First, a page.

They’re young. They’re in love. They’re outdated?

Walk down the right back alley in Sin City, and you can find anything. The same can be said of dollar theaters in Oklahoma.

This state seems to possess the requisite power for conjuring new breeds of movie-goers day after day. Some will cruse by the concession stand on their way out, content to express their opinion with a classic thumbs up or thumbs down. Some shake or nod their heads in silent appreciation or disappointment. Some shrug, indicating a mediocre experience. Some talk to their friends or family, defending or attacking opinions that, to eavesdroppers, seem as cheap as the theater’s dollar hot dogs. And some, my favorite, are never at a loss for words, openly editorializing opinions that sometimes astound, usually anger, but always entertain.

This is especially true on Tuesday, my favorite work day – when both customer intellect and ticket prices are slashed in half.

Movies have always brought people together. They have always created a kind of artificial gravity that unite people in conversation – a common denominator as the saying goes. I love Tuesdays because they manage to dredge up the lowest possible common denominator week after week. Remember how long it took Ed Harris to hit deep ocean floor in The Abyss. Yeah, that low. Tuesday’s customers routinely have conversations that divide themselves by zero.

As Jules says to Vincent, example.

Tuesday last, a group of about fifteen sorority girls came in to see Easy A – a great movie. When the show ended, the ladies congregated in a neat little semi-circle around the girls restroom (and, as it happened, a Toy Story 3 poster, which had the rotten luck of being in the high-traffic case framed to face the lobby – that’s what Pixar get for being so damn accessible). The group’s general feeling toward the film was of a positive nature.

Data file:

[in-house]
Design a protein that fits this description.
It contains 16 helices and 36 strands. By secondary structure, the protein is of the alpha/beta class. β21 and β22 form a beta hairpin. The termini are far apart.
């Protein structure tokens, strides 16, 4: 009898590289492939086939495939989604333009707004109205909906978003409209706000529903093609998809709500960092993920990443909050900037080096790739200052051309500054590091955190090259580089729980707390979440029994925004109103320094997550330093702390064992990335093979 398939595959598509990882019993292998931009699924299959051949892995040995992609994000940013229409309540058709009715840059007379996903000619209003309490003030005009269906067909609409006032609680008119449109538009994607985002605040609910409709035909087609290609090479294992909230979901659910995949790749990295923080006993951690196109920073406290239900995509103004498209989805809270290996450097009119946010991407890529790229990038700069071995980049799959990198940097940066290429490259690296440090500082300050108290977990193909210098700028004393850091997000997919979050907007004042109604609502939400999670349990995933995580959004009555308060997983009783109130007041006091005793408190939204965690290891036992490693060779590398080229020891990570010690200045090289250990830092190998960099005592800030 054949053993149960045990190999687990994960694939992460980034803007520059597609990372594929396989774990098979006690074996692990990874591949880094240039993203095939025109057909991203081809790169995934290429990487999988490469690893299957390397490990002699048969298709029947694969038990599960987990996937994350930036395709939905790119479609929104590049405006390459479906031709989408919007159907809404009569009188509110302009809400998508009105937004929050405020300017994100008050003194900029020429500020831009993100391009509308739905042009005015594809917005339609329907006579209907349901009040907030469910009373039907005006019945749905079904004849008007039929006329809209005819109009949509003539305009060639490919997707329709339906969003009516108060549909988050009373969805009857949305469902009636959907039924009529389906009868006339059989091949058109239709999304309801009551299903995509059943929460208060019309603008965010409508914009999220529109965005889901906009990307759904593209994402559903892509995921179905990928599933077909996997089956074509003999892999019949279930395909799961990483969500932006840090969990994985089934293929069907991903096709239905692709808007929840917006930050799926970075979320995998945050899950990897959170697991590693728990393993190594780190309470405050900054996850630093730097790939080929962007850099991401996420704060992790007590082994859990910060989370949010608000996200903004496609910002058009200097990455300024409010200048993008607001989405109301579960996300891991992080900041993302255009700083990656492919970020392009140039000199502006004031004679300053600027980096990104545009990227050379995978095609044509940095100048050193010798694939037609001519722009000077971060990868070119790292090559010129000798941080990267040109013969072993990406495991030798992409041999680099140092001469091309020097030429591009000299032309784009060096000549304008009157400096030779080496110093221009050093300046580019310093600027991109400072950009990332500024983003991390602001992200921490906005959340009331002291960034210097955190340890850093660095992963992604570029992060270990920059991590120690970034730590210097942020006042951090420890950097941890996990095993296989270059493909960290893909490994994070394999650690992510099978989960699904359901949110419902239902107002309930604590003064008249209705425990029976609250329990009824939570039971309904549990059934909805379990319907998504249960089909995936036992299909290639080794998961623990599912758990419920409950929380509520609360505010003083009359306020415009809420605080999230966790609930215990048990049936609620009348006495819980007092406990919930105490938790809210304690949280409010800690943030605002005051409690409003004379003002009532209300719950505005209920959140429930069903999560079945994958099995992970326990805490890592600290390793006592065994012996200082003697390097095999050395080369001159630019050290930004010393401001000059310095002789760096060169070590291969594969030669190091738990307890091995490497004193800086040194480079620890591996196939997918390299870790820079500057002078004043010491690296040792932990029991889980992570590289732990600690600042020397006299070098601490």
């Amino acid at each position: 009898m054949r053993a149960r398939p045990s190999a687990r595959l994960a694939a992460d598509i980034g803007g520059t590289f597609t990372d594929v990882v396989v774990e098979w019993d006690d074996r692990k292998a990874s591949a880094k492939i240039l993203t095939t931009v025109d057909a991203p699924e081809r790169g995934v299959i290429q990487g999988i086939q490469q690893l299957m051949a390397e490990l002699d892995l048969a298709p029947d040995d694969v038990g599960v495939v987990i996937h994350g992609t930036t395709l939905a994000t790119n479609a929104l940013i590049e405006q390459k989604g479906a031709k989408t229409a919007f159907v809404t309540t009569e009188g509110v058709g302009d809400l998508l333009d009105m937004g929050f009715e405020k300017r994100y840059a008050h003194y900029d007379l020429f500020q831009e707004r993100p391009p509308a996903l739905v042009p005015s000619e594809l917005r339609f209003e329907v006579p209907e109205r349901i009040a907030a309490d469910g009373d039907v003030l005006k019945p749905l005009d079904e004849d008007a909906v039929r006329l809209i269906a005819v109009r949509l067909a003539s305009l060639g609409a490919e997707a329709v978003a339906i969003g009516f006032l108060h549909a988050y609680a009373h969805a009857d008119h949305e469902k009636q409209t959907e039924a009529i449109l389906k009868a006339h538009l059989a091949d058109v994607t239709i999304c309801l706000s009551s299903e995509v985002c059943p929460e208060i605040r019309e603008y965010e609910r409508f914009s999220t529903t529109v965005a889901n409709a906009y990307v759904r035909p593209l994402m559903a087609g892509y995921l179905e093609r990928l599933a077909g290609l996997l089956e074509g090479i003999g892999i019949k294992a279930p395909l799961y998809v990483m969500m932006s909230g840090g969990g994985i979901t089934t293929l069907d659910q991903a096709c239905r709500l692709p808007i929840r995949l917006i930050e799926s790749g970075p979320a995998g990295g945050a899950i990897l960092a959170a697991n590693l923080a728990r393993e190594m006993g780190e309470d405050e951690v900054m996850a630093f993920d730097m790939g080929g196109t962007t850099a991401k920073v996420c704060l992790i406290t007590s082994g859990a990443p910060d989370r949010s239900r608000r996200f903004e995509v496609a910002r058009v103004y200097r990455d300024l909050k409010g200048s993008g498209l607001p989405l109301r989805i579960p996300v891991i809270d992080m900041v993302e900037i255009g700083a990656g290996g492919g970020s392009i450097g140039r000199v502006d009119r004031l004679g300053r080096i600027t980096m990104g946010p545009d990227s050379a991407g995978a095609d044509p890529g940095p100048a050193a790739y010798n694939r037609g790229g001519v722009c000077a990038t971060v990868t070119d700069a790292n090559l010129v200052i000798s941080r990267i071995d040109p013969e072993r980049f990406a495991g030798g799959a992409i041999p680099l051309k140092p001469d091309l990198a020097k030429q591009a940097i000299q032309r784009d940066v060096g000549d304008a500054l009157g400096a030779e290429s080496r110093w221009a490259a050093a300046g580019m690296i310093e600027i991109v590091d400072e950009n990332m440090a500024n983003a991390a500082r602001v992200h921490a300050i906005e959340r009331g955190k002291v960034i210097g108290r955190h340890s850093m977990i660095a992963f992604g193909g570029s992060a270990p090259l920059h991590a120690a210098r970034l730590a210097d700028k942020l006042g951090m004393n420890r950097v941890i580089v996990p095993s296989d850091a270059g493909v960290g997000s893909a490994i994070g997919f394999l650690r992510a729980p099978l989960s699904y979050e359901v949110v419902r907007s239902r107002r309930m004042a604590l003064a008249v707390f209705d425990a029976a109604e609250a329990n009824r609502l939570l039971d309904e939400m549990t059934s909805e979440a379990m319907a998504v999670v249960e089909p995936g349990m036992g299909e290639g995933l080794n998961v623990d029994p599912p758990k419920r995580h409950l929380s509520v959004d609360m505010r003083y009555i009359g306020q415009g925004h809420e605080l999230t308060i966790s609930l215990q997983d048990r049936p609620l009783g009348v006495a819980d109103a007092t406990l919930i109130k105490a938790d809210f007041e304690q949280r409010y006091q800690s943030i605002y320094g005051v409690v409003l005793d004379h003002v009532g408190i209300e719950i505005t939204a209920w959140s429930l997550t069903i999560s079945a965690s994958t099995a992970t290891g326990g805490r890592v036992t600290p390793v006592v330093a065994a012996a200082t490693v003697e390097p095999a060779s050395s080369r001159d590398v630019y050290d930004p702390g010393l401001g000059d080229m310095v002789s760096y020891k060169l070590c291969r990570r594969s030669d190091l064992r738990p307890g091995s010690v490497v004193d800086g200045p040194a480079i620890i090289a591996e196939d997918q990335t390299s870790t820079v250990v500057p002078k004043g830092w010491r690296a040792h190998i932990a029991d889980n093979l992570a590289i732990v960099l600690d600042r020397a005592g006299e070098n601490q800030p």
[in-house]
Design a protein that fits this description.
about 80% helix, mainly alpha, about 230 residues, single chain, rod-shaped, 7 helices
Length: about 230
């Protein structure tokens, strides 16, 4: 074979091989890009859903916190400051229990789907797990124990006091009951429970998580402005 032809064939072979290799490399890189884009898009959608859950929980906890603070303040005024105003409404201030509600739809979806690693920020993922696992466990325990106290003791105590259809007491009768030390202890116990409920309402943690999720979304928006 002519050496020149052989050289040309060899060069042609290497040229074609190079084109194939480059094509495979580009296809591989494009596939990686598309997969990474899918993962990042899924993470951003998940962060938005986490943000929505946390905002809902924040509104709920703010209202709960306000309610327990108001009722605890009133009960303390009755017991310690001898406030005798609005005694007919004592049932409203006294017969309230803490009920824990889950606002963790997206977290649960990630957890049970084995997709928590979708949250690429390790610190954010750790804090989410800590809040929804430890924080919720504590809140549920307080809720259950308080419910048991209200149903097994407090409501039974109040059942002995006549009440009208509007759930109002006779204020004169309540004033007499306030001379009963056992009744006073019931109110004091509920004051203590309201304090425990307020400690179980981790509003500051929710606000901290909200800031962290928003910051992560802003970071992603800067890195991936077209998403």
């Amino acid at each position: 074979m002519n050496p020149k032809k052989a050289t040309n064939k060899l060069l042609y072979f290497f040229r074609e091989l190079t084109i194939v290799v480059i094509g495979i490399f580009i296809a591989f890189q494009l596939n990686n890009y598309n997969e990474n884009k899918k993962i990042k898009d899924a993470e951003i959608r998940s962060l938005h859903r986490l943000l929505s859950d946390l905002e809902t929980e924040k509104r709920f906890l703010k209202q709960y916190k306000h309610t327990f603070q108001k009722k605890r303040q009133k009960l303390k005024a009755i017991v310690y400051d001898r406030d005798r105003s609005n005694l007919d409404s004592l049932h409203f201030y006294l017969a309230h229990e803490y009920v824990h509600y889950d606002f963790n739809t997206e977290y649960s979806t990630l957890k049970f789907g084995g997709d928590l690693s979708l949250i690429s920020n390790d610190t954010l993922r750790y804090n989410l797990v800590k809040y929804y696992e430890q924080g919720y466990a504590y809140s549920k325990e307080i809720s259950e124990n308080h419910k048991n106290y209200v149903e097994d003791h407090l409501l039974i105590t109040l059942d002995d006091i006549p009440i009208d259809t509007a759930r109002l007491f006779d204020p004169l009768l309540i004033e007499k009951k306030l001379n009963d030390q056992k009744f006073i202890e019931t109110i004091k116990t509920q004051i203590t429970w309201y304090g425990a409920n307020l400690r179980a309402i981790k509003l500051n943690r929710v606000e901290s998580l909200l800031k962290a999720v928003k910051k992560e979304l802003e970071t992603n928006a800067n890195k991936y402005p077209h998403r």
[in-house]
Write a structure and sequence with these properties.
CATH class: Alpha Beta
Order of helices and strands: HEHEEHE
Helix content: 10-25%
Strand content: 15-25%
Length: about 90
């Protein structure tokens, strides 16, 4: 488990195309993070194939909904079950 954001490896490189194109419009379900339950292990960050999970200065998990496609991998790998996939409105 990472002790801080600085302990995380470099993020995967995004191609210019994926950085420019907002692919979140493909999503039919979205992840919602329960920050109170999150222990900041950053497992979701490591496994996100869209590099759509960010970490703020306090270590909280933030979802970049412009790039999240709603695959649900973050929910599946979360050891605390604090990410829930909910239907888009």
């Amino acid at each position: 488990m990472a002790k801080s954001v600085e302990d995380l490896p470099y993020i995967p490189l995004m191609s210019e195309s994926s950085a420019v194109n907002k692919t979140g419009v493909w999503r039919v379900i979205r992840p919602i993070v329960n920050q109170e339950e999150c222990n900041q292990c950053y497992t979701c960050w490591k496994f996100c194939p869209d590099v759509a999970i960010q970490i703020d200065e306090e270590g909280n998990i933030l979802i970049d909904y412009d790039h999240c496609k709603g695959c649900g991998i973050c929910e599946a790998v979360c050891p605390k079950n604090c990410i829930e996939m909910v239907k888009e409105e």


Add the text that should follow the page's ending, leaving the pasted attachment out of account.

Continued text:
And then it happened, as these things usually do on Tuesdays, with a comment. A comment so miserable, so aloof, so inherently stupid that it shouldn’t be labeled a comment at all, as that could imply some semblance of brain function was involved in its creation.

“I don’t think anyone should watch movies that came out more than thirty years ago,” our villainous, Ugg booted sorority girl chirped. “That was before I was even born.”

Yeah, about that.

I’ll just pick a personal favorite, Bonnie And Clyde. Now over forty years old, Arthur Penn’s masterpiece is as socially significant as ever. Bonnie Parker and Clyde Barrow were Depression Era rebels that lashed out against a political system much of the citizenry had lost faith in. Confused and angry, destitute Americans turned to a government that, year after year, proved itself incapable of fixing rampant financial problems.

Sound familiar?

The Barrow Gang personified the anger of an era with a very individualistic form of revolt. They were their own revolution on their own terms. Preexisting conditions like “right” and “wrong” didn’t matter to a nation that followed the couple’s every move. The Barrow Gang did something when people were tired of nothing being done.

I’m not a very political guy. Bonnie And Clyde just happens to be a very political movie. My point is this: the age of a movie has absolutely nothing to do with its relevancy today.

Don’t believe me? Ask the dishes.


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